Midbrain responses to micro-stimulation of the cochlea using high density thin-film arrays
AuthorAllitt, BJ; Morgan, SJ; Bell, S; Nayagam, DAX; Arhatari, B; Clark, GM; Paolini, AG
Source TitleHEARING RESEARCH
PublisherELSEVIER SCIENCE BV
Document TypeJournal Article
CitationsAllitt, B. J., Morgan, S. J., Bell, S., Nayagam, D. A. X., Arhatari, B., Clark, G. M. & Paolini, A. G. (2012). Midbrain responses to micro-stimulation of the cochlea using high density thin-film arrays. HEARING RESEARCH, 287 (1-2), pp.30-42. https://doi.org/10.1016/j.heares.2012.04.004.
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A broader activation of auditory nerve fibres than normal using a cochlear implant contributes to poor frequency discrimination. As cochlear implants also deliver a restricted dynamic range, this hinders the ability to segregate sound sources. Better frequency coding and control over amplitude may be achieved by limiting current spread during electrical stimulation of the cochlea and positioning electrodes closer to the modiolus. Thin-film high density microelectrode arrays and conventional platinum ring electrode arrays were used to stimulate the cochlea of urethane-anaesthetized rats and responses compared. Neurophysiological recordings were taken at 197 multi-unit clusters in the central nucleus of the inferior colliculus (CIC), a site that receives direct monaural innervation from the cochlear nucleus. CIC responses to both the platinum ring and high density electrodes were recorded and differences in activity to changes in stimulation intensity, thresholds and frequency coding of neural activation were examined. The high density electrode array elicited less CIC activity at nonspecific frequency regions than the platinum ring electrode array. The high density electrode array produced significantly lower thresholds and larger dynamic ranges than the platinum ring electrode array when positioned close to the modiolus. These results suggest that a higher density of stimulation sites on electrodes that effectively 'aim' current, combined with placement closer to the modiolus would permit finer control over charge delivery. This may equate to improved frequency specific perception and control over amplitude when using future cochlear implant devices.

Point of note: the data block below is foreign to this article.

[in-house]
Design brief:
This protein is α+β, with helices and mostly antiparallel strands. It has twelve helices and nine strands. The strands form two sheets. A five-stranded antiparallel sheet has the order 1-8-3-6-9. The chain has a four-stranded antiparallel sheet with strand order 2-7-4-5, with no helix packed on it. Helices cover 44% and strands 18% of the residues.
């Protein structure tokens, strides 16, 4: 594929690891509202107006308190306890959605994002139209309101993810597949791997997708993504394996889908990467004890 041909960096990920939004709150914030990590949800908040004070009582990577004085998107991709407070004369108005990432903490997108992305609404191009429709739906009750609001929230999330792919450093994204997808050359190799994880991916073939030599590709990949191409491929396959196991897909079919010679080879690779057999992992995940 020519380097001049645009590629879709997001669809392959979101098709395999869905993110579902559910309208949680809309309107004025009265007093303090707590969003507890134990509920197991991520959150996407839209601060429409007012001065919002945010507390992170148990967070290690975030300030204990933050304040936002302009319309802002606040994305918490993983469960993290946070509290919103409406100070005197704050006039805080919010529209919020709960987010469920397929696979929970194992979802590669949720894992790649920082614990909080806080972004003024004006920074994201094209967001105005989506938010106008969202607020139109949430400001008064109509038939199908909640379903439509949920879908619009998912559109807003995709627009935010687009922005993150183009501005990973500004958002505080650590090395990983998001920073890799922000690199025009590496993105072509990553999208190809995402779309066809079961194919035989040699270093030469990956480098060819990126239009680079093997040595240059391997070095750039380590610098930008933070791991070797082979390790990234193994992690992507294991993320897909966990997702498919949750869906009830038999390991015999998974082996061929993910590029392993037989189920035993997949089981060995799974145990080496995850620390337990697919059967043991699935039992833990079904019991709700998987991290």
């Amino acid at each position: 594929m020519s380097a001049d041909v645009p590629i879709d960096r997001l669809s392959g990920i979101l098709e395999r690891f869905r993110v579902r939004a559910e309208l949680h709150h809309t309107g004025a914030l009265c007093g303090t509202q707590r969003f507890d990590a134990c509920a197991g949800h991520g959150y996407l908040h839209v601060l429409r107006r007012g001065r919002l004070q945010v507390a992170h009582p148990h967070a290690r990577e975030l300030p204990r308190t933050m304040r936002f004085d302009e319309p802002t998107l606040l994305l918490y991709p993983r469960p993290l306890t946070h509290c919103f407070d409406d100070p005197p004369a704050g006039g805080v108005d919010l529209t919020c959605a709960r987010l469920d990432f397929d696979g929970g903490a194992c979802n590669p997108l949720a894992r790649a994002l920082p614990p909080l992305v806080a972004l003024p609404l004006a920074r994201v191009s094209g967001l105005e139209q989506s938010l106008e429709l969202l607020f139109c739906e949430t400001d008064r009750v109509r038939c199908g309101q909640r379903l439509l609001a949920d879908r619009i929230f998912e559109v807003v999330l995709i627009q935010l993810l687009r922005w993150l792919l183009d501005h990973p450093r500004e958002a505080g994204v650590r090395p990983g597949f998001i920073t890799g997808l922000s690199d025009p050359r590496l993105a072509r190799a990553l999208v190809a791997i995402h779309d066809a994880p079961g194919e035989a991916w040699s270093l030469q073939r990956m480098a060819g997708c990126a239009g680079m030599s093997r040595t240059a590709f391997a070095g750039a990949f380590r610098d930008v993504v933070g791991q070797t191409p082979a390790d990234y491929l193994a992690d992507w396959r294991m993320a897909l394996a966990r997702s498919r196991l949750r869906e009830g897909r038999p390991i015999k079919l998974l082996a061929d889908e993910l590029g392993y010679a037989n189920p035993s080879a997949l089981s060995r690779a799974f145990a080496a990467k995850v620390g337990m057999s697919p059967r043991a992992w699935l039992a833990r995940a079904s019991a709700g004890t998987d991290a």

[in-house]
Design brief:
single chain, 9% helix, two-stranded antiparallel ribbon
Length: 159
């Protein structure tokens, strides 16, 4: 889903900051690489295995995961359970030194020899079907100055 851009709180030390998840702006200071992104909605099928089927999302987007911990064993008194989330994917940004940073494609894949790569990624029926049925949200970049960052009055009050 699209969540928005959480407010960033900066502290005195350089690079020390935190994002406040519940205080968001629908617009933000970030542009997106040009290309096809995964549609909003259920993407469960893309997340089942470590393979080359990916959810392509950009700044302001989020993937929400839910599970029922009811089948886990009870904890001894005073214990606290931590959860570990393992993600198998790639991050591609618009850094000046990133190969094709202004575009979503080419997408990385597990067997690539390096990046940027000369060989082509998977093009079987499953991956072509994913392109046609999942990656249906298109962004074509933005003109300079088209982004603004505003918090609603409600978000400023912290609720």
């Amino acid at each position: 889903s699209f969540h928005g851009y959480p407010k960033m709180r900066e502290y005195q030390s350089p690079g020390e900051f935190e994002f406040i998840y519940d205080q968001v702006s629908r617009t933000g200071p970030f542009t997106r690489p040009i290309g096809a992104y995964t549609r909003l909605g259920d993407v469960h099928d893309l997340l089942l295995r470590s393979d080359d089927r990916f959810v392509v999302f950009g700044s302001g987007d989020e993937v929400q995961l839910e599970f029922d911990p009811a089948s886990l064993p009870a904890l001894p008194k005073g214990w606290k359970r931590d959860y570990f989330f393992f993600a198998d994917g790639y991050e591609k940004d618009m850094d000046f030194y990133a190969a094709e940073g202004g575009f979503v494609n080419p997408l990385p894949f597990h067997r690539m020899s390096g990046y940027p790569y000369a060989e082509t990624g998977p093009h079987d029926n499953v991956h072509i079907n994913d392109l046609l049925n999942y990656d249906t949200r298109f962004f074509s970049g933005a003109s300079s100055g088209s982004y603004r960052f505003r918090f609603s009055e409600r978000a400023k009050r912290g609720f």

Keywordsauditory nerve fibres; cochlear implant; frequency discrimination; dynamic range; amplitude control; electrical stimulation; cochlea; electrodes; modiolus; microelectrode arrays; neurophysiological recordings; central nucleus; inferior colliculus; monaural innervations; charge delivery; frequency specific perception
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- Graeme Clark Collection